Not one to over-explain himself, he lets his words hang in a thick wedge of silence between us. And maybe he can't go on because he's suddenly overcome with whatever feelings he's having.

And I want to help him out, the full weight of his disappointment settling like a sack of rocks on my shoulders. So I say, "I know that, Dad."

Maybe going to church is the only thing of my mother's he has left in the world, and he's coming to realize it will have to do. I get a picture of all those years they had together when her health was failing, and whatever plans they'd once made slowly faded away. And I can see how the gloom that often gathered around him, the anger he often took out on me, and the long silences were all his way of grieving.

The whole sorry dead-end picture of that looming between us is too much for me. "I know that, Dad," I say again.

"You want another one?" he asks, nodding to my beer and emptying his own.

"No, one's enough."

This seems to be the answer he's looking for. He leans forward to pull out his wallet and leaves some money on the table. Then he gets up, and I follow him out to his truck.

All the way back to town he says nothing. And neither do I.

— § —

Mike, of course, is curious about how the afternoon went. We talk about it over supper, his feet in his socks cuddled up against mine under the kitchen table.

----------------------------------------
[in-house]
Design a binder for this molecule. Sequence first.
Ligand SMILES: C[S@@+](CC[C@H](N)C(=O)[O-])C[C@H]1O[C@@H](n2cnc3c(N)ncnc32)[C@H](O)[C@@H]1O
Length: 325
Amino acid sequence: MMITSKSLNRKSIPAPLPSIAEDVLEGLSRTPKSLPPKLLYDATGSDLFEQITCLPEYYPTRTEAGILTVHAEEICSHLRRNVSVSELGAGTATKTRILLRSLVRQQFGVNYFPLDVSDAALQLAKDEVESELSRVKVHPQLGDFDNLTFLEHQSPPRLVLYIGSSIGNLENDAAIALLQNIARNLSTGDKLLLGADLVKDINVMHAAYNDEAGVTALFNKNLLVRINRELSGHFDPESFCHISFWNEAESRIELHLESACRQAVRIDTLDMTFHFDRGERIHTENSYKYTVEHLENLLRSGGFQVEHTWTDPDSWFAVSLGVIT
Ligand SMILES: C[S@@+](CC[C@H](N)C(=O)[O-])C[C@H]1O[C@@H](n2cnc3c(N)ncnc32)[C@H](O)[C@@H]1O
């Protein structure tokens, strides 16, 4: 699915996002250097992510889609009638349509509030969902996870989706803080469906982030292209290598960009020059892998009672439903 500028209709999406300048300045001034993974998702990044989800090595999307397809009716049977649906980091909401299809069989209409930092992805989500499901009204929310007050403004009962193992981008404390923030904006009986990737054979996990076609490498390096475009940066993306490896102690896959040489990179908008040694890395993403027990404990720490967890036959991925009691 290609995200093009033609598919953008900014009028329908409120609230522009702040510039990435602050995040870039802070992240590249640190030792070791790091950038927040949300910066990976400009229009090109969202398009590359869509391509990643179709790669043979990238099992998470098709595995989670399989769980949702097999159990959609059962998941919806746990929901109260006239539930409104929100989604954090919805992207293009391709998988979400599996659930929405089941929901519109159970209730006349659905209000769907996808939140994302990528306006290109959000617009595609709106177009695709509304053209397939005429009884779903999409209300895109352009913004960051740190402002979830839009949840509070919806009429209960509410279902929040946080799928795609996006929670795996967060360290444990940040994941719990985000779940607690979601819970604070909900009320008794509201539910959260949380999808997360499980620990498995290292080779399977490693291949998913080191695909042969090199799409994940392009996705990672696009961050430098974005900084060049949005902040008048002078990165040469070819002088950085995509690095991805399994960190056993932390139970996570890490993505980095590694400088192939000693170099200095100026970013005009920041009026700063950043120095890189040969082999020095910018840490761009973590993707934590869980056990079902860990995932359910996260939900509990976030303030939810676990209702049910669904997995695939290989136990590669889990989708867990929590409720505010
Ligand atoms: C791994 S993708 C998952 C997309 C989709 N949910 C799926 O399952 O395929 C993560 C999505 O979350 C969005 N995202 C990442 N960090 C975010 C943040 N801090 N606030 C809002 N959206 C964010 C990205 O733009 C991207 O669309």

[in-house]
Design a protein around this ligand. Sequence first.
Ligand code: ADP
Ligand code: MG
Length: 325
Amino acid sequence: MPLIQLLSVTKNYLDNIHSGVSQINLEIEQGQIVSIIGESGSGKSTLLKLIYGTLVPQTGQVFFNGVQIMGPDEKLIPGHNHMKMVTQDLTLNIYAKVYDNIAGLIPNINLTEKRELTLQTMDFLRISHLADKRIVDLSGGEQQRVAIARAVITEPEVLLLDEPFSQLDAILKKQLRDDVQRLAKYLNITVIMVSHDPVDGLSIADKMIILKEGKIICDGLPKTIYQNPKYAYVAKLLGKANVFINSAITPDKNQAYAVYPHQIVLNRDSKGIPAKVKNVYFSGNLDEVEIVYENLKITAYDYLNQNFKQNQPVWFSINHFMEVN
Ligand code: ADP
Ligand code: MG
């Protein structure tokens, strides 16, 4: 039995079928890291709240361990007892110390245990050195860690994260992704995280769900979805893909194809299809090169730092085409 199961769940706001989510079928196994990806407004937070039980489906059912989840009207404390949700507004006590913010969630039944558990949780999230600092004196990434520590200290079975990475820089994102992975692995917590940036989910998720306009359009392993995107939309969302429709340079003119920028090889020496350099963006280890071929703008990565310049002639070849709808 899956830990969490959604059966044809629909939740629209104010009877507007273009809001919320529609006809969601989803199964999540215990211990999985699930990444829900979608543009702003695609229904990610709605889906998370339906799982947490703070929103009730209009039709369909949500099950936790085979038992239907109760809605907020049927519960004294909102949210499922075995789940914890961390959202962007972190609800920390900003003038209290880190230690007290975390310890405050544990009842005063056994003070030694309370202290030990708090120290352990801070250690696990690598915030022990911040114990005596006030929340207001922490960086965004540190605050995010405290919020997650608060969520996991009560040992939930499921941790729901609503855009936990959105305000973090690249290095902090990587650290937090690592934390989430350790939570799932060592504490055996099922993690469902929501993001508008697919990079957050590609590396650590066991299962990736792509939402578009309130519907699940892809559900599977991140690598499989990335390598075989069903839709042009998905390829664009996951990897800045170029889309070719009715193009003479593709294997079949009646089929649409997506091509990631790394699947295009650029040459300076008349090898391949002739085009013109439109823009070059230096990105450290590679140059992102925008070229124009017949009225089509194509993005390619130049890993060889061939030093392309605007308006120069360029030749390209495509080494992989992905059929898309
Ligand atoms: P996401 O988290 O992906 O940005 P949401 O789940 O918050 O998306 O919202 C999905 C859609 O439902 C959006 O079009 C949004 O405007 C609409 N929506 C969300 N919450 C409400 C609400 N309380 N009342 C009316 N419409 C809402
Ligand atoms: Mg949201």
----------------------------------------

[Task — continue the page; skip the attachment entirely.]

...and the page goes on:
I tell him everything I can remember—every last bit of it—and he listens to every word, nodding and smiling now and then, like he'd arranged the whole thing himself.

"I don't know how he goes home every night to that empty little trailer," I say.

And I look at Mike, realizing that he knows, from all the time waiting for someone to show up and share his life with him and not knowing if anyone ever would.

"A man gets used to it," he says.

"It would kill me," I say, and I mean it.

"Oh, you might be surprised."

"That's a surprise I never hope to have."

I feel his toes wiggle against mine. There's a little surge in my shorts, and after a suitable moment of silence, we start talking about something else.

The next day, late autumn sunlight flooding through the kitchen windows, the chatter of sparrows in the honeysuckle bushes outside, I'm sitting at the same place with the typewriter in front of me.

And I start a story about a widowed father and a son.

Continued . . .

More stories. There are links to all the Mike and Danny stories, YouTube videos, and a MySpace blog, plus pictures of the characters and some cowboy poetry at the Rock Lane Cooper home page. Click here.

© 2008 Rock Lane Cooper